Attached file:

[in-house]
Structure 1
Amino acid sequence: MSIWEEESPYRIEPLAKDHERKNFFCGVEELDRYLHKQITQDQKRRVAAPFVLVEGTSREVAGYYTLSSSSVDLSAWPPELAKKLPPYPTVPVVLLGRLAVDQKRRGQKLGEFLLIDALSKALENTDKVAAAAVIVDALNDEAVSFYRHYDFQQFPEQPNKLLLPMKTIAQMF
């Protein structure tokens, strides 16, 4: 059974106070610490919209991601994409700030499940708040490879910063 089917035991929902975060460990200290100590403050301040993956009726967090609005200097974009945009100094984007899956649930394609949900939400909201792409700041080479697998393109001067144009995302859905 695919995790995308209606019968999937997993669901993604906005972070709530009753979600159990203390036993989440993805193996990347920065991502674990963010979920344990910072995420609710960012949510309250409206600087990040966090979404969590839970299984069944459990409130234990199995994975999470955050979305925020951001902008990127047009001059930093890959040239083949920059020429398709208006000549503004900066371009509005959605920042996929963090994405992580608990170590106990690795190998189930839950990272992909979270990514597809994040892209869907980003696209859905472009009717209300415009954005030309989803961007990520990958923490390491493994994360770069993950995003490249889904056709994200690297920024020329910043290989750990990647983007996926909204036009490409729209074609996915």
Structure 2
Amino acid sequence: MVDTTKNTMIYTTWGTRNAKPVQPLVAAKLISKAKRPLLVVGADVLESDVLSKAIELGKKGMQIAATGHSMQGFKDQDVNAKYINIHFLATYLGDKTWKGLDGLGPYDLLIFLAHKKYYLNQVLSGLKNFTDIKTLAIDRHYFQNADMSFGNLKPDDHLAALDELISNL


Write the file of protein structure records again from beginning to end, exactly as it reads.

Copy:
[in-house]
Structure 1
Amino acid sequence: MSIWEEESPYRIEPLAKDHERKNFFCGVEELDRYLHKQITQDQKRRVAAPFVLVEGTSREVAGYYTLSSSSVDLSAWPPELAKKLPPYPTVPVVLLGRLAVDQKRRGQKLGEFLLIDALSKALENTDKVAAAAVIVDALNDEAVSFYRHYDFQQFPEQPNKLLLPMKTIAQMF
């Protein structure tokens, strides 16, 4: 059974106070610490919209991601994409700030499940708040490879910063 089917035991929902975060460990200290100590403050301040993956009726967090609005200097974009945009100094984007899956649930394609949900939400909201792409700041080479697998393109001067144009995302859905 695919995790995308209606019968999937997993669901993604906005972070709530009753979600159990203390036993989440993805193996990347920065991502674990963010979920344990910072995420609710960012949510309250409206600087990040966090979404969590839970299984069944459990409130234990199995994975999470955050979305925020951001902008990127047009001059930093890959040239083949920059020429398709208006000549503004900066371009509005959605920042996929963090994405992580608990170590106990690795190998189930839950990272992909979270990514597809994040892209869907980003696209859905472009009717209300415009954005030309989803961007990520990958923490390491493994994360770069993950995003490249889904056709994200690297920024020329910043290989750990990647983007996926909204036009490409729209074609996915």
Structure 2
Amino acid sequence: MVDTTKNTMIYTTWGTRNAKPVQPLVAAKLISKAKRPLLVVGADVLESDVLSKAIELGKKGMQIAATGHSMQGFKDQDVNAKYINIHFLATYLGDKTWKGLDGLGPYDLLIFLAHKKYYLNQVLSGLKNFTDIKTLAIDRHYFQNADMSFGNLKPDDHLAALDELISNL